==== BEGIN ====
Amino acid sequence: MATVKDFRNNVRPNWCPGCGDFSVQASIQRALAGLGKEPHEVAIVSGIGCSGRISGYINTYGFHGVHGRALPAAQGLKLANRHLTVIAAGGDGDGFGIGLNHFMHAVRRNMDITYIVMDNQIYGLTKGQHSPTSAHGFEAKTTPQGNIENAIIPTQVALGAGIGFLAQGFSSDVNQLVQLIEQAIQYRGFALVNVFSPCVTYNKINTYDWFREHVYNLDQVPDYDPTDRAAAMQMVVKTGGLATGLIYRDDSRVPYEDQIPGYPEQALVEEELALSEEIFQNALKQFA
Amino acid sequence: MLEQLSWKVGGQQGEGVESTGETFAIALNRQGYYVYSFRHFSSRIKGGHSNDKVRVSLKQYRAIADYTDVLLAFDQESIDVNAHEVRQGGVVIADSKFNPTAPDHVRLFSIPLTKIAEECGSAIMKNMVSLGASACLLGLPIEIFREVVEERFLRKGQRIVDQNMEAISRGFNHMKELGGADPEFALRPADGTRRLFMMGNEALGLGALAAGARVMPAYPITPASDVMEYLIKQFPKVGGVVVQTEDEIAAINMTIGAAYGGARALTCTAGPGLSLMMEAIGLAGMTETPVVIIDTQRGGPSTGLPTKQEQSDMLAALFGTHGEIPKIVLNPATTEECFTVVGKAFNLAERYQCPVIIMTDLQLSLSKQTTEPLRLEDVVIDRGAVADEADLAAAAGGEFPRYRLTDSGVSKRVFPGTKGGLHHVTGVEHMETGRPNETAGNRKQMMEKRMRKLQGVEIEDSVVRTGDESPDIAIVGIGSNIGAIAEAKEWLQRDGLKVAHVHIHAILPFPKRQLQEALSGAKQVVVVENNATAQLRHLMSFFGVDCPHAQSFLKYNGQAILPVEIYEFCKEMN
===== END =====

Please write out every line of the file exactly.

Amino acid sequence: MATVKDFRNNVRPNWCPGCGDFSVQASIQRALAGLGKEPHEVAIVSGIGCSGRISGYINTYGFHGVHGRALPAAQGLKLANRHLTVIAAGGDGDGFGIGLNHFMHAVRRNMDITYIVMDNQIYGLTKGQHSPTSAHGFEAKTTPQGNIENAIIPTQVALGAGIGFLAQGFSSDVNQLVQLIEQAIQYRGFALVNVFSPCVTYNKINTYDWFREHVYNLDQVPDYDPTDRAAAMQMVVKTGGLATGLIYRDDSRVPYEDQIPGYPEQALVEEELALSEEIFQNALKQFA
Amino acid sequence: MLEQLSWKVGGQQGEGVESTGETFAIALNRQGYYVYSFRHFSSRIKGGHSNDKVRVSLKQYRAIADYTDVLLAFDQESIDVNAHEVRQGGVVIADSKFNPTAPDHVRLFSIPLTKIAEECGSAIMKNMVSLGASACLLGLPIEIFREVVEERFLRKGQRIVDQNMEAISRGFNHMKELGGADPEFALRPADGTRRLFMMGNEALGLGALAAGARVMPAYPITPASDVMEYLIKQFPKVGGVVVQTEDEIAAINMTIGAAYGGARALTCTAGPGLSLMMEAIGLAGMTETPVVIIDTQRGGPSTGLPTKQEQSDMLAALFGTHGEIPKIVLNPATTEECFTVVGKAFNLAERYQCPVIIMTDLQLSLSKQTTEPLRLEDVVIDRGAVADEADLAAAAGGEFPRYRLTDSGVSKRVFPGTKGGLHHVTGVEHMETGRPNETAGNRKQMMEKRMRKLQGVEIEDSVVRTGDESPDIAIVGIGSNIGAIAEAKEWLQRDGLKVAHVHIHAILPFPKRQLQEALSGAKQVVVVENNATAQLRHLMSFFGVDCPHAQSFLKYNGQAILPVEIYEFCKEMN